1869 Visiting Dresses

Friday’s Fashion Plates: 1869 Visiting Dresses

Here is a fashion plate from an 1869 issue of The Englishwoman’s Domestic Magazine. It contains two visiting dresses, one of which uses a remarkable color combination.

Fashion Plate

The Englishwoman's Domestic Magazine, 1869

The Victorians were not shy when it came to colors. The invention of aniline dyes in 1855 initiated a frenzy to produce ever bolder, brighter colors. Women often wore two or three different colors together, sometimes with startling results, as shown here.

In 1869, fashion was transitioning between the hoopskirt and the early bustle. Thus, the skirt is full and bell-shaped, but not nearly as wide as in previous years. The emphasis has shifted to the back. Both women likely wear wire crinolines to provide the right shape. You can see the beginnings of the layered styles of the 1870s in the front apron and bustled overskirts of the two dresses.

Left
On the left is a woman wearing a dress of lavender-gray trimmed with sky blue. It has a wide blue collar, narrow cuffs, and a belt with large sash ends in the back. The overskirt is split in the back, revealing a plain skirt with a lightly gathered ruffle at the bottom. The dress is decorated with fabric rosettes; they top the ruffle, edge the overskirt, and are visible around the collar, down the back of the sleeves, around the cuffs, and on the sash.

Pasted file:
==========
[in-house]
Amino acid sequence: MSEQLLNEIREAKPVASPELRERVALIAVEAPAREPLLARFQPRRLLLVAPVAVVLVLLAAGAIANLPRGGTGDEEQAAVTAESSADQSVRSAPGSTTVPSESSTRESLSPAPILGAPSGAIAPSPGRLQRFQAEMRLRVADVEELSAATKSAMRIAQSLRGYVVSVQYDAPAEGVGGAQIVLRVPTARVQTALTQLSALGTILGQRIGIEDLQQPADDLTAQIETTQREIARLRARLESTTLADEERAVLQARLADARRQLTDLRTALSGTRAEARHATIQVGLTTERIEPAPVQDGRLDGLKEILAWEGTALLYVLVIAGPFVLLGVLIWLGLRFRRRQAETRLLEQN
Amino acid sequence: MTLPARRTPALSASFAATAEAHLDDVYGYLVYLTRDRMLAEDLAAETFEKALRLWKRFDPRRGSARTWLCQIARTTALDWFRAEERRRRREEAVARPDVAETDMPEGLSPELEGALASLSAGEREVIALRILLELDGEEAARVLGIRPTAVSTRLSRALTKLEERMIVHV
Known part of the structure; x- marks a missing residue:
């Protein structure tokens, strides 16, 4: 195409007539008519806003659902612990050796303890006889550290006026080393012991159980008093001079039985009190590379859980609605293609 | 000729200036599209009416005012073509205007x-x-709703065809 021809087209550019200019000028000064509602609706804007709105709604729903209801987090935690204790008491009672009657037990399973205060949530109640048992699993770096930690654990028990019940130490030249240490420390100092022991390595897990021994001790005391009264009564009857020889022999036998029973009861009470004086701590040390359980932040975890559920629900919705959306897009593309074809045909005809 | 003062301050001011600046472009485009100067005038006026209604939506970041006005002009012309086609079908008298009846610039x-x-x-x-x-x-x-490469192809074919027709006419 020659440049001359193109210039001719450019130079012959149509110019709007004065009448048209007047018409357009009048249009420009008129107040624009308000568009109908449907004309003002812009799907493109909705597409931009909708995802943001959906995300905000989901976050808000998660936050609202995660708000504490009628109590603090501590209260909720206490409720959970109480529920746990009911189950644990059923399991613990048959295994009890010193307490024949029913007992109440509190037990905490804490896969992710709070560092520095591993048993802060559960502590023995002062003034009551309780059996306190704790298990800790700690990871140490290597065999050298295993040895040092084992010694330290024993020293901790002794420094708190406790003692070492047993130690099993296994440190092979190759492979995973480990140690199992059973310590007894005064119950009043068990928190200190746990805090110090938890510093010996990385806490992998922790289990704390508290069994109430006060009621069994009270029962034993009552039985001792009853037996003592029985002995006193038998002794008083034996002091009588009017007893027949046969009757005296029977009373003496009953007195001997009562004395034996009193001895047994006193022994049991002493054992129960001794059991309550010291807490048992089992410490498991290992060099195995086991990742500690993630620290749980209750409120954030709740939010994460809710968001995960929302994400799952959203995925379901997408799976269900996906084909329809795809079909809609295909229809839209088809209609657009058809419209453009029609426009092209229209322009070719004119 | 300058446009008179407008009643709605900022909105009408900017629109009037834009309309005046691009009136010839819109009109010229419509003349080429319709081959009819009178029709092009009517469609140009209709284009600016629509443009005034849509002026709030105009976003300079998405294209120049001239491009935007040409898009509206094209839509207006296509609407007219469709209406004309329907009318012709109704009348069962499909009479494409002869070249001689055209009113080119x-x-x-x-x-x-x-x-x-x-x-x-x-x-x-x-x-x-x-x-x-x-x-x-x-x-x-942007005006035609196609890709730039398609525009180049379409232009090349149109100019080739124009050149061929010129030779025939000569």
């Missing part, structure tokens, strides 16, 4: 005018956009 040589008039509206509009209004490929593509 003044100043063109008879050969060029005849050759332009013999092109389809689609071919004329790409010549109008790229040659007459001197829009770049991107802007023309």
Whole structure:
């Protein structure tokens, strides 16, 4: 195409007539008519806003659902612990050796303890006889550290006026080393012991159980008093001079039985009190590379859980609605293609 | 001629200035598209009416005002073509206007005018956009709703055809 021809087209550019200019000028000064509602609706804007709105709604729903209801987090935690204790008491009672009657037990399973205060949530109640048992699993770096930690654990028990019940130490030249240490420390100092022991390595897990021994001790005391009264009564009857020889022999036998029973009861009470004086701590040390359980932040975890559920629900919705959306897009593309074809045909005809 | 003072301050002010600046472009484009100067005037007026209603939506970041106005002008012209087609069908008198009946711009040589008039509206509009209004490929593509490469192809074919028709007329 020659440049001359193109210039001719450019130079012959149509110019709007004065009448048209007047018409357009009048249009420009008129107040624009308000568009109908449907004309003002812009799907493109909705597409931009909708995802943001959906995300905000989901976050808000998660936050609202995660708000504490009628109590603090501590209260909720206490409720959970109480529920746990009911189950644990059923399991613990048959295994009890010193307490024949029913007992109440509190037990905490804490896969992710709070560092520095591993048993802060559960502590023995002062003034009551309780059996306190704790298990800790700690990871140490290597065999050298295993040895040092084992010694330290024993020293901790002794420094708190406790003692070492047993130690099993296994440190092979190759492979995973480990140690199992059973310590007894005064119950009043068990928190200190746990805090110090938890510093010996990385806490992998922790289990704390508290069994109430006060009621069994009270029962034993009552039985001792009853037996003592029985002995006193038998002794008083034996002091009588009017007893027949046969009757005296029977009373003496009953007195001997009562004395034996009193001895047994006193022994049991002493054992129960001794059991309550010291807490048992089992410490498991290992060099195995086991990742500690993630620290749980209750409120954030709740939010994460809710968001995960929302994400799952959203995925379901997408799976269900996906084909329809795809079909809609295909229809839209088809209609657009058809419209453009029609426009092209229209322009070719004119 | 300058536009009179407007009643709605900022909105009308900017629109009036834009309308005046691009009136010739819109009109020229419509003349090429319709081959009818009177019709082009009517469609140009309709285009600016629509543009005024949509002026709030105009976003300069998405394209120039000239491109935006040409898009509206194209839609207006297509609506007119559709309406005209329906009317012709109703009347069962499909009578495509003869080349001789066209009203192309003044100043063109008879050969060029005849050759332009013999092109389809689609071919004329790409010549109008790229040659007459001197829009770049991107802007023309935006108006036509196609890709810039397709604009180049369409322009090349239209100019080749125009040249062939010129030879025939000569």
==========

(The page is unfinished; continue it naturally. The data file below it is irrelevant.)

She wears no jewelry, just pale yellow gloves. Her hair is worn up, with a curly fringe at her forehead and long sausage curls down the back. Crowning her chignon is a lace cap or bonnet.

Closeup of Left Dress

Left: Lavender & Blue Dress

Center
In the middle is a young girl dressed for an afternoon of visiting. Her plain red dress is just below knee-length with a bell-shaped skirt. She wears an overskirt of black that is caught up at the side with a little red bow. Her bodice is covered by a black capelet that similarly features a bow at the shoulder. Both the capelet and the overskirt are edged with a narrow row of red pleats. Peeking out from under the capelet, you can see that her bodice has a high mandarin collar and long, tight sleeves.

She wears a fashionably tilted black hat that’s trimmed in red and accented with a single white feather. Her stockings are dark red, her boots are black, and her gloves appear to be cream-colored.

Center Dress

Center: Girl's Dress

Right
The woman on the right wears a gold and brown striped silk visiting dress with a shorter mint green overdress. The neckline of the striped dress is high and the sleeves are long and tight. The overdress appears to be cut in a simple princess-style, meaning it’s all one piece, instead of a separate skirt and bodice, and it’s open to the waist, revealing the bodice of the striped dress underneath. The sleeves are bracelet-length, which allows the longer striped sleeves to show at the wrists. A narrow ruffle peeks out from under the cuffs. The skirt of the overdress is split, with a long, matching apron underneath. A pleated ruffle edges the dress, accompanied by a matching belt that’s accented by a fabric flower. There appears to be a large bow that ties in the back, with a sash that falls halfway down the skirt.

She wears matching gold-colored gloves and no jewelry. Her hair is pulled up with a mass of ringlets falling down the back; she wears a small bonnet covered with matching green ribbon and narrow lace.

Right Dress

Right: Green, Gold & Brown Striped Dress

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What do you think of these dresses? Are the colors perfectly Victorian—or far too bold?

About Lisha Vidler

I am a sewing instructor living near Memphis, Tennessee.
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